Re: ?? warning: ANSI C++ forbids implicit conversion from `void *' in initialization ???

>I looked for NULL explanation about why "= NULL" bad
>but could not anything.  Can you give me a 1-2 sentence
>explanation? Is it a security risk somehow or something?

no, not a security problem. consider how you'd define NULL. 

    #define NULL ((void *)0)

now try to use this:

    SomeObject *ptr = NULL;

because C++ is much stricter about types, the compiler will/may
complain that it cannot perform an implicit cast of void * to
SomeObject *. So in fact, the only acceptable definitions of NULL are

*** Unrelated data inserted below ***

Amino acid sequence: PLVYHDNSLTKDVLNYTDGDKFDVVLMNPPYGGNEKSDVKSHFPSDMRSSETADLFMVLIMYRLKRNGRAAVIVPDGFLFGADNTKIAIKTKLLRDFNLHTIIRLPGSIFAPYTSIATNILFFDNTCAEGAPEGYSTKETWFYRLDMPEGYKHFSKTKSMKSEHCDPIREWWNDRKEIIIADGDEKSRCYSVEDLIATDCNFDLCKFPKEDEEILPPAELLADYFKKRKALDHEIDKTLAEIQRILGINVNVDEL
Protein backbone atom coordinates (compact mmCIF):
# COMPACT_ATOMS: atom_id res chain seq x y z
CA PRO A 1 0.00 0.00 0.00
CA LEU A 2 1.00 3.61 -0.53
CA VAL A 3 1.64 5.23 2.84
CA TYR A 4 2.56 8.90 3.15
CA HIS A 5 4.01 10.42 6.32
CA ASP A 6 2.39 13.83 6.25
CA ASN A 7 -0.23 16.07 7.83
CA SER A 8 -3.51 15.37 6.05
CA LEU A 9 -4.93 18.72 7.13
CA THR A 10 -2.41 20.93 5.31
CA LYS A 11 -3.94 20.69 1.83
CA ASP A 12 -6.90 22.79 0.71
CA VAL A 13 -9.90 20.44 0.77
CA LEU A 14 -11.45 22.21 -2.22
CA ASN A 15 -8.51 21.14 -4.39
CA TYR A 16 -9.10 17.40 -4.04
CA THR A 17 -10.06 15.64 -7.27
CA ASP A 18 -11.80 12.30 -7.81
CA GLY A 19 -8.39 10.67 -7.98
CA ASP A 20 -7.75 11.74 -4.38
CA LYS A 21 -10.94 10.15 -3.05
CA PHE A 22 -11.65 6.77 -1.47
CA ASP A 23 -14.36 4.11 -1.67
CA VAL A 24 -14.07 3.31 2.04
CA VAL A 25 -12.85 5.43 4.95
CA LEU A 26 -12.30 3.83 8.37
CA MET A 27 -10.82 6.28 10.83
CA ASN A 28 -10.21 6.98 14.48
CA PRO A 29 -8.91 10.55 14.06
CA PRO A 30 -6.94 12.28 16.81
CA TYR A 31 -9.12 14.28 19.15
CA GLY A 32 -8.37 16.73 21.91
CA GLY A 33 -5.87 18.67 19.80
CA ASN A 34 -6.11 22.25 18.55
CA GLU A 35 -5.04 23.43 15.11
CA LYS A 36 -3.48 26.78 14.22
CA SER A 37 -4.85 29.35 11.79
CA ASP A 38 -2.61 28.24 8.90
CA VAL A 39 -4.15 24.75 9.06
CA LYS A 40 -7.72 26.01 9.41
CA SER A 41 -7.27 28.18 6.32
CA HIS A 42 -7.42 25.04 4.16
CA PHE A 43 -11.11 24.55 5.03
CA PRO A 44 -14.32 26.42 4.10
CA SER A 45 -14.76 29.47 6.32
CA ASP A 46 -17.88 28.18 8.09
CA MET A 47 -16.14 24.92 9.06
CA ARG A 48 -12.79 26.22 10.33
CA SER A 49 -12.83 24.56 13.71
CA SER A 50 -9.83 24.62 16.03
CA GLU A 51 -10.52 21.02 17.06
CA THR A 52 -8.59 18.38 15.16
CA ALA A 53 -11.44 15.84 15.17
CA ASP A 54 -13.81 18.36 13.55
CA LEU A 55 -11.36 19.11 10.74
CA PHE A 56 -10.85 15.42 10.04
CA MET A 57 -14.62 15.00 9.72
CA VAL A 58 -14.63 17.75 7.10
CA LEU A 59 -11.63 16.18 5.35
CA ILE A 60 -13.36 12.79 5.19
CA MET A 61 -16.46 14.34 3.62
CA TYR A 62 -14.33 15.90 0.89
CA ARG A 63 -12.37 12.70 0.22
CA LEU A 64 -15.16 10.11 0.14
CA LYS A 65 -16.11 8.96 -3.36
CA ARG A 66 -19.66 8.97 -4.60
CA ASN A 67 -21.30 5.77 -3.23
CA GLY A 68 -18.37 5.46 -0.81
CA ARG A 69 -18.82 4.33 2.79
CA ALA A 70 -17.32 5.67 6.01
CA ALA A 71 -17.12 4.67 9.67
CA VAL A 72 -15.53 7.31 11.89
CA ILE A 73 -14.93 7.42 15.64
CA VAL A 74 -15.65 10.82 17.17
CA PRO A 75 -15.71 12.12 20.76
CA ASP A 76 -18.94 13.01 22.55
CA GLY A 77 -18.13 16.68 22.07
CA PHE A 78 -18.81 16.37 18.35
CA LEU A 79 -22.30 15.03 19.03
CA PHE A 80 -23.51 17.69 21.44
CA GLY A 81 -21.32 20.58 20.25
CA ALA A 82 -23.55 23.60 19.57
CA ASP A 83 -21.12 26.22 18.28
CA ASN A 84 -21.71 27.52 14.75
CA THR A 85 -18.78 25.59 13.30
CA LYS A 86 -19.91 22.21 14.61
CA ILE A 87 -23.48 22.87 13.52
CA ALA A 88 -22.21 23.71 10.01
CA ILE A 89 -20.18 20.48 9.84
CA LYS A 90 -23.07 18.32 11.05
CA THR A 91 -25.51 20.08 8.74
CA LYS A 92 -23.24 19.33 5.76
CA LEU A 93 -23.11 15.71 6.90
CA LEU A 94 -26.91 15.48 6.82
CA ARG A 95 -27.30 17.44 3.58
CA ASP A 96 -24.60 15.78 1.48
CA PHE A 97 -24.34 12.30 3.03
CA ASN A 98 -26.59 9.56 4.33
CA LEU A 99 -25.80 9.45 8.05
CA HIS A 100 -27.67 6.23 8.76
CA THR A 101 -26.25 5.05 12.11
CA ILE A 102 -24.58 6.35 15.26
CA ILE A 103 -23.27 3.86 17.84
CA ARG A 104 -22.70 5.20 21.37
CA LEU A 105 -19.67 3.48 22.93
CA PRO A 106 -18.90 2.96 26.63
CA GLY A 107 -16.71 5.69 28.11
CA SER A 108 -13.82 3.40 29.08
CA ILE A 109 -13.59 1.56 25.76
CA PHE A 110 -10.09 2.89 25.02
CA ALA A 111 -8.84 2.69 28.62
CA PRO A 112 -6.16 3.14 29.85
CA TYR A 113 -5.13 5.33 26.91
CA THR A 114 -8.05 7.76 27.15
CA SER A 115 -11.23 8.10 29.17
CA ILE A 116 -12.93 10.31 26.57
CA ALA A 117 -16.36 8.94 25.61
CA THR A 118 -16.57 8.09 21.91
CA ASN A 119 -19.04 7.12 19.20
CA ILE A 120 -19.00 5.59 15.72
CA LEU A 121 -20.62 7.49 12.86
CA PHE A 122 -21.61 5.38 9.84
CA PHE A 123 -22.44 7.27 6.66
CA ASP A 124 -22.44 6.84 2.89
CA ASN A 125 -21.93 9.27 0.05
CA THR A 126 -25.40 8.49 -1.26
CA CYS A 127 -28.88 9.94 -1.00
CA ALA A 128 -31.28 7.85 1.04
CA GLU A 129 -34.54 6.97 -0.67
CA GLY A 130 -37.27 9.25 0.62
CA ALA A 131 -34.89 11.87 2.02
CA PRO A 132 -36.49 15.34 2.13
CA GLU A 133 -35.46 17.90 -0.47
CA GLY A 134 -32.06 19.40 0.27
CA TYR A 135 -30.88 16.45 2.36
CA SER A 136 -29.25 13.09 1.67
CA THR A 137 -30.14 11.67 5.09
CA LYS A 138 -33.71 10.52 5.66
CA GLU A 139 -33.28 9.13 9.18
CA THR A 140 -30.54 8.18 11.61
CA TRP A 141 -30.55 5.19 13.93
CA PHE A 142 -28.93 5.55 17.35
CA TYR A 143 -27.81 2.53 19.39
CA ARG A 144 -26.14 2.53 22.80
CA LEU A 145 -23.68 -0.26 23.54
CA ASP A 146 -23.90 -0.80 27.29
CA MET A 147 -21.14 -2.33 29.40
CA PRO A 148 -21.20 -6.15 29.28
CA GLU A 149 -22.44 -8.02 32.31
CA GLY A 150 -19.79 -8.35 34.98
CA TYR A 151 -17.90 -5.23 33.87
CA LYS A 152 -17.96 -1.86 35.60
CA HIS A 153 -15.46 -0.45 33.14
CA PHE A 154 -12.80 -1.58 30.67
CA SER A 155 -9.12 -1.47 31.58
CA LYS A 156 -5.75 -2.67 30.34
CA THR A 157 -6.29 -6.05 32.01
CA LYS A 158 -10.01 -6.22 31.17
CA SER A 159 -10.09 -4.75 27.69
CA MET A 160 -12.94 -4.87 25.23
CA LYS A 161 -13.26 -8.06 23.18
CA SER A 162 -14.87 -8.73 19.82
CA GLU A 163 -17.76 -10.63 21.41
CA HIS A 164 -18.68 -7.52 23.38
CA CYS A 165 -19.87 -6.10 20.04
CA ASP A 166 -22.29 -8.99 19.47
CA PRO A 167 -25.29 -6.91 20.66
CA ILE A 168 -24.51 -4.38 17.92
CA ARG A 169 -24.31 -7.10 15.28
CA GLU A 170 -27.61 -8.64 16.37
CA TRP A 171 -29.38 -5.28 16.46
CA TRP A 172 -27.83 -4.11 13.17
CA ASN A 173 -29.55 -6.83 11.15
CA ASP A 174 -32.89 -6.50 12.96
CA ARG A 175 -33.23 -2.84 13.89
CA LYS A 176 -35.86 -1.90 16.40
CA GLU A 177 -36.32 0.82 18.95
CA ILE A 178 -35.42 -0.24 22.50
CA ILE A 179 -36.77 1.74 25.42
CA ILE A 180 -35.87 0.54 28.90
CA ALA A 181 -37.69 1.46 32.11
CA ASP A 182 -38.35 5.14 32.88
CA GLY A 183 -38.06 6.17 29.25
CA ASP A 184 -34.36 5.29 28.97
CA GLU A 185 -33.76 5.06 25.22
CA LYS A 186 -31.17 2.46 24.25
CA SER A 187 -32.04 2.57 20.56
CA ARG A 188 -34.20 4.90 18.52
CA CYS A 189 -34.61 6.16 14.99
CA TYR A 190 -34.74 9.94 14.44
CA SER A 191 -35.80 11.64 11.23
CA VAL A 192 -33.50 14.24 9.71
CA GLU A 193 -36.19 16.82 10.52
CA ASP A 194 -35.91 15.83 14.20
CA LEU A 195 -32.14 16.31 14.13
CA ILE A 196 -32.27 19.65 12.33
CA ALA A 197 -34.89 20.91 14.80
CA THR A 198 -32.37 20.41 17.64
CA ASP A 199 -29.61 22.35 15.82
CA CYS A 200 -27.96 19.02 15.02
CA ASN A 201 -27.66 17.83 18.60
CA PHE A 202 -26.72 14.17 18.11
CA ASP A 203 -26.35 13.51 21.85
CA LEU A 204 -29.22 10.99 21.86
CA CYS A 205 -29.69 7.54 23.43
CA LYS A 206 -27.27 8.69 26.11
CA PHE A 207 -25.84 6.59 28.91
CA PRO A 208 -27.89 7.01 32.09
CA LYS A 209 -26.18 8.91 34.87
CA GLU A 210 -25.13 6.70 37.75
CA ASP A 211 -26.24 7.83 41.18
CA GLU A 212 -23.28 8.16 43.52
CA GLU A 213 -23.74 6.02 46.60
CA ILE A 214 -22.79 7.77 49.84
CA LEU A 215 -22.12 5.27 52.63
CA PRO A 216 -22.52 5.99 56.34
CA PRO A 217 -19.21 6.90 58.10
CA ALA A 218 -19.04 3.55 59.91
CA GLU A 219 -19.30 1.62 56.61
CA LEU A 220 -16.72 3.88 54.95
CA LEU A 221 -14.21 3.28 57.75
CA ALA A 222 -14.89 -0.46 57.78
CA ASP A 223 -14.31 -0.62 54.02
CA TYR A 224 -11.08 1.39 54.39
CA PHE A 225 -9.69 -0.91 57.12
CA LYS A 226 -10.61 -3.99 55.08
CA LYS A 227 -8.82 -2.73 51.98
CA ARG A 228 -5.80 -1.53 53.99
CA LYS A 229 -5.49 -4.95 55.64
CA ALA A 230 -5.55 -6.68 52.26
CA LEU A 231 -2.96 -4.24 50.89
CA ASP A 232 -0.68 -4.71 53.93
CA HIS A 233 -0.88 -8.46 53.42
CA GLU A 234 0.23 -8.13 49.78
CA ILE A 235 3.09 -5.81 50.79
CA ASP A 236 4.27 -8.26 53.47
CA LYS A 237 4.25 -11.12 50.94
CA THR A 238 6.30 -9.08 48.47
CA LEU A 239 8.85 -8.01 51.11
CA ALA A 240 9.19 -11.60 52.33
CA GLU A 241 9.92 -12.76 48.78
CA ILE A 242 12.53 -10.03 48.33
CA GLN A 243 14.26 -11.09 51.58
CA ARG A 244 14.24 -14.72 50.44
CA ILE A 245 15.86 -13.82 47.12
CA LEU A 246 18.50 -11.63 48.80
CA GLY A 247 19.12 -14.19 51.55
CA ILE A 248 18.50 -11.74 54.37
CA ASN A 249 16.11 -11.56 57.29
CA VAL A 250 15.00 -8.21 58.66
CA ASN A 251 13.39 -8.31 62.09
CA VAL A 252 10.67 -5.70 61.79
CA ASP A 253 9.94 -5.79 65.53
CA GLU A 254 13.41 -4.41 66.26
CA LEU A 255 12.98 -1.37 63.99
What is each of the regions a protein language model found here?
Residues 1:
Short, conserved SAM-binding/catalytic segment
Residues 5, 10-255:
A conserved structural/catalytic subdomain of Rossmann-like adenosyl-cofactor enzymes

0 or 0L or 0UL or 0U, with no type casting. Since the definitions in a
C header file nearly always include the type cast, and since no type
cast is acceptable, using NULL is a bad idea. [ quote from a message i
found with google]:

   the C++ standard guarantees that if you use 0 in a pointer context,
   it will be converted to whatever that platform uses for the "null
   pointer", even if it happens not to have a bit pattern of all
   zeroes.  (Section 4.10) Therefore, it's safe to use 0 to mean "the
   null pointer".

so, just stick to 0. 


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